Before beginning to create a liquid culture recipe, first ensure you have all of the required equipment – such as a laminar flow hood or glove box, pressure cooker, sterile syringes and an airport lid jar.
The airport lid serves as an injection port to inject spore solution directly into substrate.
Honey water first thing in the morning can help keep you hydrated while providing several other health benefits, including soothing indigestion, reducing acidity, balancing bowel movements and aiding weight loss. Plus, raw and Manuka honey contain antibacterial and antioxidant properties which strengthen your immune system against infections while providing weight loss support.
Utilizing high-quality raw honey is crucial, as it provides our bodies with essential vitamins and minerals such as thiamine, riboflavin and pantothenic acid for proper functioning.
Honey can be used not only for its taste and health benefits, but it can also be used as an ingredient to expand mycelium cultures in liquid culture tek. Be wary not to introduce contamination into your jar as this will affect mycelium growth – look out for cloudiness or chunks within it when inspecting it for signs of contamination.
Light Malt Extract
For optimal mushroom cultivation in liquid culture environments, it is necessary to periodically stir or shake your jars so as to introduce oxygen and break up and distribute mycelium for even colonization. Most growers recommend doing this at least once every day.
Liquid culture typically uses a mixture of water, sugar and light malt extract (LME) or brewer’s yeast extract as nutrients to aid mycelial growth. Some growers also add corn syrup but this could turn the solution yellow and slow mycelial development.
As part of the sterilization process, it is important that when placing your media bottle or glass jar under sterilization that the cap does not tighten completely to prevent cracking of its vessel. After sterilization has taken place, simply remove and label your jar after taking care not to overtighten its cap!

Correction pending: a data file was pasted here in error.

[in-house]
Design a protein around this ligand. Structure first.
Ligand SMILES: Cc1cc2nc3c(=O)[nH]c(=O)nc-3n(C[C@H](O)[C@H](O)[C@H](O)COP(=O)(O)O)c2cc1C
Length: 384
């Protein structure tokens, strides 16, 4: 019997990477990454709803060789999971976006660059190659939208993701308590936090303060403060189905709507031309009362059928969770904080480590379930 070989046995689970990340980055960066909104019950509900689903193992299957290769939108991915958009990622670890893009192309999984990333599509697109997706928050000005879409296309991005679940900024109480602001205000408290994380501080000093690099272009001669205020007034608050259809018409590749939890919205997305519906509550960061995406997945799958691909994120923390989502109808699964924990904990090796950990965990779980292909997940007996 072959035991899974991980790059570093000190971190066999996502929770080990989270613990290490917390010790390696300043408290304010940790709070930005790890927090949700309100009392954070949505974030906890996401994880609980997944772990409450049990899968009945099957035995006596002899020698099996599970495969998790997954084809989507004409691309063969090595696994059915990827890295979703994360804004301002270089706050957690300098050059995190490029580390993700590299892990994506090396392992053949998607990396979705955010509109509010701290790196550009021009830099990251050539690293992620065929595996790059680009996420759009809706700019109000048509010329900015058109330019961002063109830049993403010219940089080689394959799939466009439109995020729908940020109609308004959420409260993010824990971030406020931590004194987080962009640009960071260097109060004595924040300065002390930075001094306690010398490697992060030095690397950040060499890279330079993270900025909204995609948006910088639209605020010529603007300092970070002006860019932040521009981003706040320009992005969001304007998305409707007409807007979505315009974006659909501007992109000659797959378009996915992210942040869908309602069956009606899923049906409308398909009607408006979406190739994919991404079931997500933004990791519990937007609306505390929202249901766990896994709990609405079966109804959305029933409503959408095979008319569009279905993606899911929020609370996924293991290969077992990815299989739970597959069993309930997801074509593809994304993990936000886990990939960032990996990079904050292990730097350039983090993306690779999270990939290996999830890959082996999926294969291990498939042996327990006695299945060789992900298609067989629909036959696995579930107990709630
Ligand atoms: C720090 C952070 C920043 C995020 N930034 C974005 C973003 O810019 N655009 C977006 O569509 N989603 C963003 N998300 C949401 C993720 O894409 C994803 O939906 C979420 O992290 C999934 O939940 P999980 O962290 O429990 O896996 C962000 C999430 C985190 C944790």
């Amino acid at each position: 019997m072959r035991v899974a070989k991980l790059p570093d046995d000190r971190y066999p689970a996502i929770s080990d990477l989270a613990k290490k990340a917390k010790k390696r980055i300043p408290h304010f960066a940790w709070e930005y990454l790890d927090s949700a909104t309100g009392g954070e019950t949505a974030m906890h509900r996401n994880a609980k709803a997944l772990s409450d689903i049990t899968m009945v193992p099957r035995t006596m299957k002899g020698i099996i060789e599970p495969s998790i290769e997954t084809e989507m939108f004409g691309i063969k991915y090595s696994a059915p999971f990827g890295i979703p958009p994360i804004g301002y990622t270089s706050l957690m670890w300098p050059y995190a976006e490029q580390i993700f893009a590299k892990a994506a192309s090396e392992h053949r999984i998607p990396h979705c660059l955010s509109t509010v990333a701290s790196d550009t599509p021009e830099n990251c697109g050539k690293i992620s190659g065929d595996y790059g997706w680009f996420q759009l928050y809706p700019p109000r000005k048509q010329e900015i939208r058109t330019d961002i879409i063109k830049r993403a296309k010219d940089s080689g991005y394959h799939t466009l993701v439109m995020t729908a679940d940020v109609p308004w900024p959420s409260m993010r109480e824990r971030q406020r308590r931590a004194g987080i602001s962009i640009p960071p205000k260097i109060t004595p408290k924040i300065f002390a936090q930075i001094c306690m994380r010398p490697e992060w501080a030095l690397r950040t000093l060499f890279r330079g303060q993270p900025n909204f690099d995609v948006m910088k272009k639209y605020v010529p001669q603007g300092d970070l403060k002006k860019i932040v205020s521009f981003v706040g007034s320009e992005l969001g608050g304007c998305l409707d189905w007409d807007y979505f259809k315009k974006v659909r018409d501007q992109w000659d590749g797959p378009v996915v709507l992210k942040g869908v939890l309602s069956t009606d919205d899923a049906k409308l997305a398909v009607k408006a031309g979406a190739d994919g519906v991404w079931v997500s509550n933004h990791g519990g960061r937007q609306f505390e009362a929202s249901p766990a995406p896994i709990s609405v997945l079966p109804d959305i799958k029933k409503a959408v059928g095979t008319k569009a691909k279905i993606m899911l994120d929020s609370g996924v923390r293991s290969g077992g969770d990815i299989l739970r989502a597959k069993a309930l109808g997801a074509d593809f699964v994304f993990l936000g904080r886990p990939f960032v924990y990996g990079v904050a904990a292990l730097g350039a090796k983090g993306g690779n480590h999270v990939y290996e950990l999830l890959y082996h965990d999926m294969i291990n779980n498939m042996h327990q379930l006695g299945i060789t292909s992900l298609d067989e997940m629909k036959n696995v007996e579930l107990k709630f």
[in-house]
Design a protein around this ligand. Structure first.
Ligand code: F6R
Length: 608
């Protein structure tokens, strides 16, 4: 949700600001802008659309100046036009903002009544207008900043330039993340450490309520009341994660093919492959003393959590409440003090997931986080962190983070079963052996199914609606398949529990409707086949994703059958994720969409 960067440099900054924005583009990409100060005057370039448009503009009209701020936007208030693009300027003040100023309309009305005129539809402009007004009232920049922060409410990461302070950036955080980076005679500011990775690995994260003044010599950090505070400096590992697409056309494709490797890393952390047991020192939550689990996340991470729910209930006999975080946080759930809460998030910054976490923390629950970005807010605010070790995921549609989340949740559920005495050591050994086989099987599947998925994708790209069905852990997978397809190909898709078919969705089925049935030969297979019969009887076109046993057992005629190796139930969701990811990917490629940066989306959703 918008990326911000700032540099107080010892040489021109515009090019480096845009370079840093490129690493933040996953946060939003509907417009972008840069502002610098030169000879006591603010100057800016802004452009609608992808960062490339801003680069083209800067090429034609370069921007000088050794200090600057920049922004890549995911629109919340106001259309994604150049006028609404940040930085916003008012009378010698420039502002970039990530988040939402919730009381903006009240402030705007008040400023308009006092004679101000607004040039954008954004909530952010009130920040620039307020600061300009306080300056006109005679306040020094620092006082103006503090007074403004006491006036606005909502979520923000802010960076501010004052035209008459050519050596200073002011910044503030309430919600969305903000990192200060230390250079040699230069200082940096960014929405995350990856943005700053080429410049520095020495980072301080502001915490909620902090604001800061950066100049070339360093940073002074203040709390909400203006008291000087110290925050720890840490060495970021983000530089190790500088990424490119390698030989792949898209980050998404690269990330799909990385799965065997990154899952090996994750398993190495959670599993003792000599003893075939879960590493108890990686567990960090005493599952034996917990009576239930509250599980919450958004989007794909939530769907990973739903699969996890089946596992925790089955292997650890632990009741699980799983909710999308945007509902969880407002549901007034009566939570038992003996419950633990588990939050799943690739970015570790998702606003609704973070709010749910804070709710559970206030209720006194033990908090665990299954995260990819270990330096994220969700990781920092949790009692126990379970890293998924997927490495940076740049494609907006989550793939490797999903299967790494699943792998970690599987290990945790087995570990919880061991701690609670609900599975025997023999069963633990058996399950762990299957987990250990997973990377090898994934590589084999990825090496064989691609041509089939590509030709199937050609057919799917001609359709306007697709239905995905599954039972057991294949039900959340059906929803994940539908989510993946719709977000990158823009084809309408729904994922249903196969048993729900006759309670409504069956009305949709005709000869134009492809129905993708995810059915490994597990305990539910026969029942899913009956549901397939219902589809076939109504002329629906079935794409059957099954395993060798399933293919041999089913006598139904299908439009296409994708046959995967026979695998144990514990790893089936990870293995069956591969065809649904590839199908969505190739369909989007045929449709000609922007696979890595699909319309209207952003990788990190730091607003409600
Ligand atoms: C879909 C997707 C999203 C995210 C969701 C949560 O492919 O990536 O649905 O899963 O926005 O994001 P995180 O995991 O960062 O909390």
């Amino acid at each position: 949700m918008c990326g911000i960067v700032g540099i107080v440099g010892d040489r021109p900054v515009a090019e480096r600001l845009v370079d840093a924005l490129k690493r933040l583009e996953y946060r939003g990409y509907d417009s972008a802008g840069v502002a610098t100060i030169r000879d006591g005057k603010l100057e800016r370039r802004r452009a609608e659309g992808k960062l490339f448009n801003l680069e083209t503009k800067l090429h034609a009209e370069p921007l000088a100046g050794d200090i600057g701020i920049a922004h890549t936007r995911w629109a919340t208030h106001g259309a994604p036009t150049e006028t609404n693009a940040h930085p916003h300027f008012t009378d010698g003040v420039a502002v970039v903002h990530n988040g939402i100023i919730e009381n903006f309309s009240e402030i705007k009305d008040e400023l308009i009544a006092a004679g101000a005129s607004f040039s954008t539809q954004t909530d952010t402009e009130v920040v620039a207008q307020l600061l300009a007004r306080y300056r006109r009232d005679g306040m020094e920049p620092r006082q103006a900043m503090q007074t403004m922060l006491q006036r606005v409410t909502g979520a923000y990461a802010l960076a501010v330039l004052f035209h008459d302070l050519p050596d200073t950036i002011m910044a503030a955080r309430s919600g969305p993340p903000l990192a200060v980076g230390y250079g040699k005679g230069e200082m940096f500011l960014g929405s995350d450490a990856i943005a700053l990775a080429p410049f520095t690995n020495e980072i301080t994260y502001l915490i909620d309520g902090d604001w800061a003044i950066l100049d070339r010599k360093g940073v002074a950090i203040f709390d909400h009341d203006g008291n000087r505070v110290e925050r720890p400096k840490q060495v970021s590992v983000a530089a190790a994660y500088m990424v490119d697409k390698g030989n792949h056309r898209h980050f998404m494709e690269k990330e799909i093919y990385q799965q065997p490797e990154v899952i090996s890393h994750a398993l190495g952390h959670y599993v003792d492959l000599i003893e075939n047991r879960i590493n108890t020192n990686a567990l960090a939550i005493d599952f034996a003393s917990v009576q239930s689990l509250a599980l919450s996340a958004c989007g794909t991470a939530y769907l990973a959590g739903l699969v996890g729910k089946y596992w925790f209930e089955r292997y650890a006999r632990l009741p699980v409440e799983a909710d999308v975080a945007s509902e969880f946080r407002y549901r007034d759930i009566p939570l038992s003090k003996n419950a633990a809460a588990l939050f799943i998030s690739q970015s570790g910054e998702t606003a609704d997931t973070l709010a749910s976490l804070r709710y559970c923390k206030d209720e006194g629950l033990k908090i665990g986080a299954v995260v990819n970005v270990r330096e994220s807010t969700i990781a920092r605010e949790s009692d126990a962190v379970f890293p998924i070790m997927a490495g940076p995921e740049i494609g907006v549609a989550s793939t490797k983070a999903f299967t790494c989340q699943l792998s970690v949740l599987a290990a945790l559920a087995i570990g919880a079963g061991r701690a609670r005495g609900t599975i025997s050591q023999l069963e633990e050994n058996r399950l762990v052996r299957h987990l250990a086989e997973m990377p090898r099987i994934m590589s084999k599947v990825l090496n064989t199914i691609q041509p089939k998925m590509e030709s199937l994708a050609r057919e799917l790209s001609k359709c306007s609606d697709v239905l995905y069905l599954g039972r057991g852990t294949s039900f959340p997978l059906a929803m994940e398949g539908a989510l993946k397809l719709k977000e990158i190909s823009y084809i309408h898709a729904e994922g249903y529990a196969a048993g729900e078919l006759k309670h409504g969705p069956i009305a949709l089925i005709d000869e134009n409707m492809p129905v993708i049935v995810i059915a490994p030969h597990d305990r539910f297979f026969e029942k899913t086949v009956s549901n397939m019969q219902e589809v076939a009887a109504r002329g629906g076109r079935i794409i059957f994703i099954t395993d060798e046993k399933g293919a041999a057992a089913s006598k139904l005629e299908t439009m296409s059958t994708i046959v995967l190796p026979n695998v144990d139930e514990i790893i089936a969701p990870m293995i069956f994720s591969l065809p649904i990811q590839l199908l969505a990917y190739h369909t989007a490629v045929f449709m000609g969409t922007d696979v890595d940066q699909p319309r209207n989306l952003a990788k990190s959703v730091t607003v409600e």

Note: Please be aware that certain lactoculture (LC) recipes can darken when pressure cooked too long due to Maillard reactions between sugars and amino acids, affecting its clarity but not harming it directly. To minimize this issue, sterilize your jars at lower temperatures for less time in order to achieve clearer culture results.
Liquid culture makes mushroom cultivation easy for mycologists, scientists, and hobbyists alike. A mixture of water and one or more sugars stimulates mycelium growth without needing a dedicated lab space; popular ingredients include organic honey, corn syrup and light malt extract (though other alternatives can also be used). Airport or grain spawn jars with modified lids may be available online retailers; standard mason jars can also be modified with self-healing injection ports and filters to enable air exchange.
Make sure that all tools and surfaces are completely sterile by cleaning them with cleaning alcohol or wipes, then adding your nutrient solution to a mason jar or media bottle with an evenly distributed macelium mycelium colony in each mason jar, including magnetic stir bars (or small glass marbles for stirring). Agitation helps distribute mycelium evenly across each mason jar for consistent growth.
Peptone is an essential nutritional ingredient made from partially digested proteins. It provides nitrogenous compounds, carbonaceous substances, and amino acids essential to most microorganisms for their growth. Peptone production occurs by controlled enzymatic hydrolysis of natural products like animal tissues, milk products and plant matter or even cultures of microbes.
Spray drying the hydrolysate results in straw-coloured peptone powder, which can then be mixed with dextrose and additional ingredients such as vitamins, minerals, lipids, carbohydrates starches and sugars to create the ideal medium for cultivating specific microorganisms.
Yeast extract, an abundant source of proteins, amino acids and peptides is often included in media mixes to support cell growth. It also provides B vitamins and nucleic acids. When added in small doses to an experimental medium for specific characteristics in culture development such as growth rate or cold temperature tolerance, yeast extract can either be solid or liquid and may include dextrose or ethanol as its carbon source.